Concerns toward Biden's win among Chinese in the US are also based on whether his administration will promote the S.386 bill, which increases the per-country cap on family-based immigrant visas from seven percent of the total number of visas available in a given year to 15 percent, and eliminates the seven percentage cap for employment-based immigrant visas, co-sponsored by Kamala Harris.

As the Washington Post reported, the employment green card backlog tops 800,000, and most involved Indians.

 "The bill proposes to end country caps on employment-based green cards, which seems to be race equal but would primarily benefit Indians," a 29-year-old Chinese man from Northeast China's Heilongjiang Province surnamed Zhao working in Austin, Texas told the Global Times.

Zhao said it is actually unfair to applicants from other countries in the name of eliminating discrimination.

Uneasy task

Some Chinese Americans reached by the Global Times said Biden and the Democratic Party can better define "American liberalism," but expressed concerns about challenges implementing his plan in a Republican-dominated Senate. 

"Biden said that he was ready to lead a country reeling from the raging epidemic and the turmoil of society. It gave me new hope, it was time for the battered nation to unite and heal." Xu Deqing, a naturalized US citizen and former Chinese national living in North Haven, Connecticut told the Global Times.

Compared with Trump, Biden pays more attention to equal rights, advocates government intervention but prefers a pluralistic and tolerant social ecology, emphasizing social welfare, and supporting to correct unfair social distribution, which is friendlier to immigrants and other ethnic minorities and disadvantaged groups like Chinese Americans, Xu noted.

Some Chinese students celebrate graduation in New York. (Photo: IC)

He regards Biden as a mature politician whose family background and track record enable him to take a more rational and moderate approach to the road of presidency, balancing the forces of Congress, the State Department and his party.

According to media reports, Biden comes from a blue-collar family. In 1972, he was elected to the US Senate from Delaware at the age of 29, becoming one of the youngest senators in US history. But Biden's personal life has been bumpy compared with his political career. He lost his wife and daughter at 30, suffered two life-threatening brain aneurysms, and lost his eldest son at 73.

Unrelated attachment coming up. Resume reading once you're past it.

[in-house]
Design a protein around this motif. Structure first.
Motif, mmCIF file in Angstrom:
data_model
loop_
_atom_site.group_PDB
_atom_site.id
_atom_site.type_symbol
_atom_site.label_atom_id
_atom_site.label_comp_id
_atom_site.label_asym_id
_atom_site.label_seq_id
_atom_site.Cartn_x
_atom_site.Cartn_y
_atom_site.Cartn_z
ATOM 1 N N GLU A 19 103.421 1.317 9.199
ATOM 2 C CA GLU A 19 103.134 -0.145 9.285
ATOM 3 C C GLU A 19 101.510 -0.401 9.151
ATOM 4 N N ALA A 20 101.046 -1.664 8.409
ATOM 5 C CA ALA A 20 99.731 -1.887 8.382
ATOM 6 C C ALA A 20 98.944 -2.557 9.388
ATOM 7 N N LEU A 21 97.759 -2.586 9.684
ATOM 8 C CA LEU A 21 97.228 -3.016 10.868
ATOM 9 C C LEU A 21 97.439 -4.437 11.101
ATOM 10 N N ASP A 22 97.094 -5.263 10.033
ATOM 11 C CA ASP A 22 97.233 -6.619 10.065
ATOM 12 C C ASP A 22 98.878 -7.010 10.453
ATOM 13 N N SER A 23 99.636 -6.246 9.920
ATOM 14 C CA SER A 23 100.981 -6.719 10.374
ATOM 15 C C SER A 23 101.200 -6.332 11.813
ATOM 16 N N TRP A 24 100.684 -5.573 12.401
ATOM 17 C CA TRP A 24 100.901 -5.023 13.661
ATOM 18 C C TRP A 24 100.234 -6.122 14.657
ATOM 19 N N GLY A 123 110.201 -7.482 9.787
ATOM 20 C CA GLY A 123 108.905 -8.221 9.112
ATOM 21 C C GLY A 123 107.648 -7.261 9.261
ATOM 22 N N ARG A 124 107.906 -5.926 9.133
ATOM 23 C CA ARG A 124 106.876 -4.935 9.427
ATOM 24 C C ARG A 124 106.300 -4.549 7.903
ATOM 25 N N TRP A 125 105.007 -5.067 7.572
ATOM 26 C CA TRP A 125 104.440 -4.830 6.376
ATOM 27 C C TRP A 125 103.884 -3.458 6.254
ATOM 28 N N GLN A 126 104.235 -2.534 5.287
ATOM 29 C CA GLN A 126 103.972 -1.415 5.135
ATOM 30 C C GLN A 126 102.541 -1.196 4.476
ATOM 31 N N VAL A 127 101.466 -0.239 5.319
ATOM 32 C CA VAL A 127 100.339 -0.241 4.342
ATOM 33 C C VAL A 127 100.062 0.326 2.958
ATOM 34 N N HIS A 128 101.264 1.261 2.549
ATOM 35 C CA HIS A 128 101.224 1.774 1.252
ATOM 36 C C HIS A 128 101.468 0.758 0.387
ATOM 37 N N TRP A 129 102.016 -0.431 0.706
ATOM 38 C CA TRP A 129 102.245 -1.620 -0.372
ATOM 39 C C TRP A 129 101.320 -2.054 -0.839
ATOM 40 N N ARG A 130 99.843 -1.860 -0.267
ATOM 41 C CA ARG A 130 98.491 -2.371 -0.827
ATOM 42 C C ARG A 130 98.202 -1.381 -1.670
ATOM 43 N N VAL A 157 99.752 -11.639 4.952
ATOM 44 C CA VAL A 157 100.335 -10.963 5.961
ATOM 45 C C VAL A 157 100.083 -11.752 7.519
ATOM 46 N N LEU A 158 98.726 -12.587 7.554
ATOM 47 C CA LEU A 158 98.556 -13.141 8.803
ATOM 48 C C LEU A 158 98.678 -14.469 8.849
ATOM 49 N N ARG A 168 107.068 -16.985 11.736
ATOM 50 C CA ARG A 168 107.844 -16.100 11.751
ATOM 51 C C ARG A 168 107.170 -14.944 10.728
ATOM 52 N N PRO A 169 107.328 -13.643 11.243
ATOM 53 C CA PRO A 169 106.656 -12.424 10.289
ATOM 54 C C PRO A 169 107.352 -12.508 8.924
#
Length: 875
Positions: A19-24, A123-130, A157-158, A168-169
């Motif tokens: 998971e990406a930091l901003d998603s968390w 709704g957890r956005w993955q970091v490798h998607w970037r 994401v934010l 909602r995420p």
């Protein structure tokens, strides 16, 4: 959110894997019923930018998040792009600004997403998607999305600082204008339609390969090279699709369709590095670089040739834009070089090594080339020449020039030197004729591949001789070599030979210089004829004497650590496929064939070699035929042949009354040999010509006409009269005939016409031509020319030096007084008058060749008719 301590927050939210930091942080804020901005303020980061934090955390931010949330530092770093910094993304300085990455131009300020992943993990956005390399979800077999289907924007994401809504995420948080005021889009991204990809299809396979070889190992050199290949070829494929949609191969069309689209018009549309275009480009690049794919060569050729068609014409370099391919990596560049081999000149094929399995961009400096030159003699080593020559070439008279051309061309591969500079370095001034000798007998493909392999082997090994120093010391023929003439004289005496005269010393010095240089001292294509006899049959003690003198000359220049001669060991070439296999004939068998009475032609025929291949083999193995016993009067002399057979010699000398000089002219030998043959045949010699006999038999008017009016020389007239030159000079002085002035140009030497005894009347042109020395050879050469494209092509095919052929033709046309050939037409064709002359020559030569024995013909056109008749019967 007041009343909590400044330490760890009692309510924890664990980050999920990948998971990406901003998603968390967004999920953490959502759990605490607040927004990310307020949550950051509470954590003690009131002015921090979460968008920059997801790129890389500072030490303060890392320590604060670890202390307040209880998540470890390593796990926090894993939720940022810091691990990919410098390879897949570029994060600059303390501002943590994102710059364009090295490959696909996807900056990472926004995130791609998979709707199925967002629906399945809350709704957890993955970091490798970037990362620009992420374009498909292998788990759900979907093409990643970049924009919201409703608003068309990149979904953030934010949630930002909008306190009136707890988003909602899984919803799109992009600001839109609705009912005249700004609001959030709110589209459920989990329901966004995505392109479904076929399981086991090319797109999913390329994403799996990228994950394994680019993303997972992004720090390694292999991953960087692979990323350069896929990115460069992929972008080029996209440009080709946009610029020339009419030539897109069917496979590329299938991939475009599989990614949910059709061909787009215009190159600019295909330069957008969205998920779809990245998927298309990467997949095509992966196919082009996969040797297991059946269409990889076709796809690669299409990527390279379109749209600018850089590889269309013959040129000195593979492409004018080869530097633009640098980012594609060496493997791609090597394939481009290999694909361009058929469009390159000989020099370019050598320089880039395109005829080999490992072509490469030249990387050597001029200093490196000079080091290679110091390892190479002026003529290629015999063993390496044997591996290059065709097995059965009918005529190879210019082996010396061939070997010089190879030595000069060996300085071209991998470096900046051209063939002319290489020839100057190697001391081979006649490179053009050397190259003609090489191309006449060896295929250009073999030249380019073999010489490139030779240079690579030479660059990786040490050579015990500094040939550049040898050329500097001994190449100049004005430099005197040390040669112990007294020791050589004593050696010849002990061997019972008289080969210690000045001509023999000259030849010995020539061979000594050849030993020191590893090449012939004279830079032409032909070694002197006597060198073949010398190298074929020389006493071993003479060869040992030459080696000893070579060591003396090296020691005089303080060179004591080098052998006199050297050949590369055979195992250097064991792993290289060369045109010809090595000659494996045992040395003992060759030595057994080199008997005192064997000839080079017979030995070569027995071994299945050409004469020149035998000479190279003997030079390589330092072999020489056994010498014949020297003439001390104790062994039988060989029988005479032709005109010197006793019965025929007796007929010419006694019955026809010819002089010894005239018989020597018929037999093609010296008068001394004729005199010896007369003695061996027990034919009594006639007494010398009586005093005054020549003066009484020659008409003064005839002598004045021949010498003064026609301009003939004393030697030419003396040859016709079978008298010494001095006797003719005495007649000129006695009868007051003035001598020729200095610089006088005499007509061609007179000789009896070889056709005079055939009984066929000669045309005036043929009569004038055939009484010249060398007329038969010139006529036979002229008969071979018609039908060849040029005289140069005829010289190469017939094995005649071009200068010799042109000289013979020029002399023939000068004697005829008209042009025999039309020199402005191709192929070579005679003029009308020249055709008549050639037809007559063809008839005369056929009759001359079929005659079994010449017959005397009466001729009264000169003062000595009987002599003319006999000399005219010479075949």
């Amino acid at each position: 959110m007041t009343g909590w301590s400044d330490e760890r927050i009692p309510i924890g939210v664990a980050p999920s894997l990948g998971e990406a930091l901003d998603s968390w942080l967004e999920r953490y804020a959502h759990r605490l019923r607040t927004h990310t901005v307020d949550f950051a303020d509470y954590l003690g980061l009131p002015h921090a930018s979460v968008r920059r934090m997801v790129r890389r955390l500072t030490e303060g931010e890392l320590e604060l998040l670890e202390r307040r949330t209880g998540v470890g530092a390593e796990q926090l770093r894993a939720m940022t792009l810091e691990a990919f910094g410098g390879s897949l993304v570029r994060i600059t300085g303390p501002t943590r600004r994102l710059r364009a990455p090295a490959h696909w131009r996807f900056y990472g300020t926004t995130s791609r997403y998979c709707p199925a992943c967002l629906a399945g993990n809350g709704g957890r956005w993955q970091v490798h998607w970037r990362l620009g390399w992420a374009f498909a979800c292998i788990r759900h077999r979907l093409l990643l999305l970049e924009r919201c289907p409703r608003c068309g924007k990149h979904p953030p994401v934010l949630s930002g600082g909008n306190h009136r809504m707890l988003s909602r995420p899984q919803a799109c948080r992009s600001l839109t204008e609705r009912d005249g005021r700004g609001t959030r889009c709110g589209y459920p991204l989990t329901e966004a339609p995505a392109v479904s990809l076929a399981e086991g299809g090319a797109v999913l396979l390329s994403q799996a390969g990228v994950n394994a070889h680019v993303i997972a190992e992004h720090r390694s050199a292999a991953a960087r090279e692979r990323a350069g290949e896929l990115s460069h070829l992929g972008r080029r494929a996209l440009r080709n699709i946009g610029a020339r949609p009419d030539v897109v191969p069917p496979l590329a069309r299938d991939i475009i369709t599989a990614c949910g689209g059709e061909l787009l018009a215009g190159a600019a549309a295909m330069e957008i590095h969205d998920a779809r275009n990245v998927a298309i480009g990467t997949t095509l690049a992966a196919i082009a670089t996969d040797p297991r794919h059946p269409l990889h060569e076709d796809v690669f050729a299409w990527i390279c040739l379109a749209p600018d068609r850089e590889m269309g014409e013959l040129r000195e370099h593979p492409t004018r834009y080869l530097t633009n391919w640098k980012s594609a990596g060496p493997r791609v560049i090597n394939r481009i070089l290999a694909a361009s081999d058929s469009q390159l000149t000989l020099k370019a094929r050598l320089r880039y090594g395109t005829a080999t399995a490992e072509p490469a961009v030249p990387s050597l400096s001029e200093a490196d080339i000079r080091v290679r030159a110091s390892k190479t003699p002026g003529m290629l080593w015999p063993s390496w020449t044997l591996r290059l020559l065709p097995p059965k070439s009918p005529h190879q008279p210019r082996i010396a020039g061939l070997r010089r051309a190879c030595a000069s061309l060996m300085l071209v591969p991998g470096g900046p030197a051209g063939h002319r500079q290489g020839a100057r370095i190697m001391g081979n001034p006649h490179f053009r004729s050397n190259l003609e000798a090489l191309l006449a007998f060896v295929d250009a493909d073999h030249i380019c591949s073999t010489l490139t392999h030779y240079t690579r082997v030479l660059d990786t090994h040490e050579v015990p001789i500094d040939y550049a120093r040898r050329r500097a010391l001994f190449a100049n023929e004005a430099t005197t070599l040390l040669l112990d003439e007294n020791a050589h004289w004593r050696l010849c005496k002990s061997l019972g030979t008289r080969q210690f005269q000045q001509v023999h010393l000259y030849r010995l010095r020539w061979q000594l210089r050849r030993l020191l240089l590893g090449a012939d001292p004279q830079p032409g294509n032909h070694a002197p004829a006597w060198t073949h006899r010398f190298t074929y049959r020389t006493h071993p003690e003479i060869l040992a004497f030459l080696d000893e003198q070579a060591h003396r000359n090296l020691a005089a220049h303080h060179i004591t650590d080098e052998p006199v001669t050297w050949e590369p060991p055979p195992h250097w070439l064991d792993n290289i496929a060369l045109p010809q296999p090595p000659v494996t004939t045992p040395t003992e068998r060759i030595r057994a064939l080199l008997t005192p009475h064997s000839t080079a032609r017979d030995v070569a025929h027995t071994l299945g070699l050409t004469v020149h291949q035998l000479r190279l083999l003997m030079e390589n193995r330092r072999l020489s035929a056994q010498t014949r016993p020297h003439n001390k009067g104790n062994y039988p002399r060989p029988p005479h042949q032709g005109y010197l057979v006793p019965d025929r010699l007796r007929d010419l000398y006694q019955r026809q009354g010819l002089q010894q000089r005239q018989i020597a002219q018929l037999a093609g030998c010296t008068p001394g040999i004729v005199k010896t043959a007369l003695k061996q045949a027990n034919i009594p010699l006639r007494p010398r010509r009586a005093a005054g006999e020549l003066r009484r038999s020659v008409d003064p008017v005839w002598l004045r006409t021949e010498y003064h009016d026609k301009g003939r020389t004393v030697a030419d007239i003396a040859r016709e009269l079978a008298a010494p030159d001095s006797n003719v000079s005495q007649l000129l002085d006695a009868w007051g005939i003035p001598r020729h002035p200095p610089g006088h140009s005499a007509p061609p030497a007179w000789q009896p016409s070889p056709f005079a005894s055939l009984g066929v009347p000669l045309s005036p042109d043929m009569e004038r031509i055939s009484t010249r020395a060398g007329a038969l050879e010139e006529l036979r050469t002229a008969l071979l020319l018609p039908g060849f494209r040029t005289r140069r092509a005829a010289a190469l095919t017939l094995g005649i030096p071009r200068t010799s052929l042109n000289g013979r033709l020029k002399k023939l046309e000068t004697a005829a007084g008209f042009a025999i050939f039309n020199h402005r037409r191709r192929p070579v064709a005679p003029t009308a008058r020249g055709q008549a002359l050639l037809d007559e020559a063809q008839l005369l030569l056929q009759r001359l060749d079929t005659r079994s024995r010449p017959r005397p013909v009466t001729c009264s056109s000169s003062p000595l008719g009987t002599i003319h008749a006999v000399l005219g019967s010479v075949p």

Xu said such hardships have made Biden a compassionate and gentle character willing to make contact with underclass.

However, Xu is still wrestling with the problem of where China-US relations will go in the future.

"With China-US relations at an impasse, I hope after Biden takes office, he can lead the US to change those aggressive and extreme policies against China," Xu said. 

But Xu worried there won't be many positive changes of Biden's policy toward China in the current strong anti-China atmosphere in the US, and the Republican-dominated Senate will continue to pass legislation to cement Trump's legacy on China and set various obstacles to positive changes on China-related issues. 

Tang Enyang, 46, has been naturalized in the US for 20 years, living in the New York City said his hopes for Biden are tinged with concern.

"America badly needs a comprehensive set of reforms. The competition between the two parties has become more and more extreme, and the COVID-19 is still raging in the US, but the Trump administration has turned a blind eye to it, leaving the country scarred and terrified," Tang told the Global Times, saying that Biden's campaign focused on reform, with dozens of ambitious plans and agenda items reversing the Trump administration's extreme policies.

According to CNN, Biden's transition team has already organized a COVID-19 task force, keeping close communication with governors, the private sector and the medical community to prepare its response including pandemic-related legislation and vaccine distribution.

But Tang also noted that Biden's team has a lot of plans and implementing them all could be a challenge, especially since the US Senate race is currently locked in a stalemate. The Financial Times predicted that barring serious disruption, Republicans will retain control of the Senate. The Associated Press also commented that Biden's agenda will face a divided Congress.

"Biden's ability to advance an ambitious agenda will be constrained," Tang said.